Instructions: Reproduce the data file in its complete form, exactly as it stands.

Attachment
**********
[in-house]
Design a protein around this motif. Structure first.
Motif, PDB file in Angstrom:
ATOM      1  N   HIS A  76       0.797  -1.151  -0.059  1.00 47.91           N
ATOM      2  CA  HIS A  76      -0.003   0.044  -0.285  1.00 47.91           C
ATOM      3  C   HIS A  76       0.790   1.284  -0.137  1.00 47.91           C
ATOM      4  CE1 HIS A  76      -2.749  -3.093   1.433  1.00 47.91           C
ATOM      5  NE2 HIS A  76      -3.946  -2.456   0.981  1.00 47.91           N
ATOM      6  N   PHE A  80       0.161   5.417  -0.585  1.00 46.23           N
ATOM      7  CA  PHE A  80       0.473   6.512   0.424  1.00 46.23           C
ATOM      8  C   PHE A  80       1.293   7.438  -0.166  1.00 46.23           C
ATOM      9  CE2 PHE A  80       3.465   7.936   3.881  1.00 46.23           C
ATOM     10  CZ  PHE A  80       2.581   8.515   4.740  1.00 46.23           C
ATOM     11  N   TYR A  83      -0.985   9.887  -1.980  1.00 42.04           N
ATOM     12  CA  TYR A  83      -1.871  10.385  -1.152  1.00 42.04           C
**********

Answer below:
[in-house]
Design a protein around this motif. Structure first.
Motif, PDB file in Angstrom:
ATOM      1  N   HIS A  76       0.797  -1.151  -0.059  1.00 47.91           N
ATOM      2  CA  HIS A  76      -0.003   0.044  -0.285  1.00 47.91           C
ATOM      3  C   HIS A  76       0.790   1.284  -0.137  1.00 47.91           C
ATOM      4  CE1 HIS A  76      -2.749  -3.093   1.433  1.00 47.91           C
ATOM      5  NE2 HIS A  76      -3.946  -2.456   0.981  1.00 47.91           N
ATOM      6  N   PHE A  80       0.161   5.417  -0.585  1.00 46.23           N
ATOM      7  CA  PHE A  80       0.473   6.512   0.424  1.00 46.23           C
ATOM      8  C   PHE A  80       1.293   7.438  -0.166  1.00 46.23           C
ATOM      9  CE2 PHE A  80       3.465   7.936   3.881  1.00 46.23           C
ATOM     10  CZ  PHE A  80       2.581   8.515   4.740  1.00 46.23           C
ATOM     11  N   TYR A  83      -0.985   9.887  -1.980  1.00 42.04           N
ATOM     12  CA  TYR A  83      -1.871  10.385  -1.152  1.00 42.04           C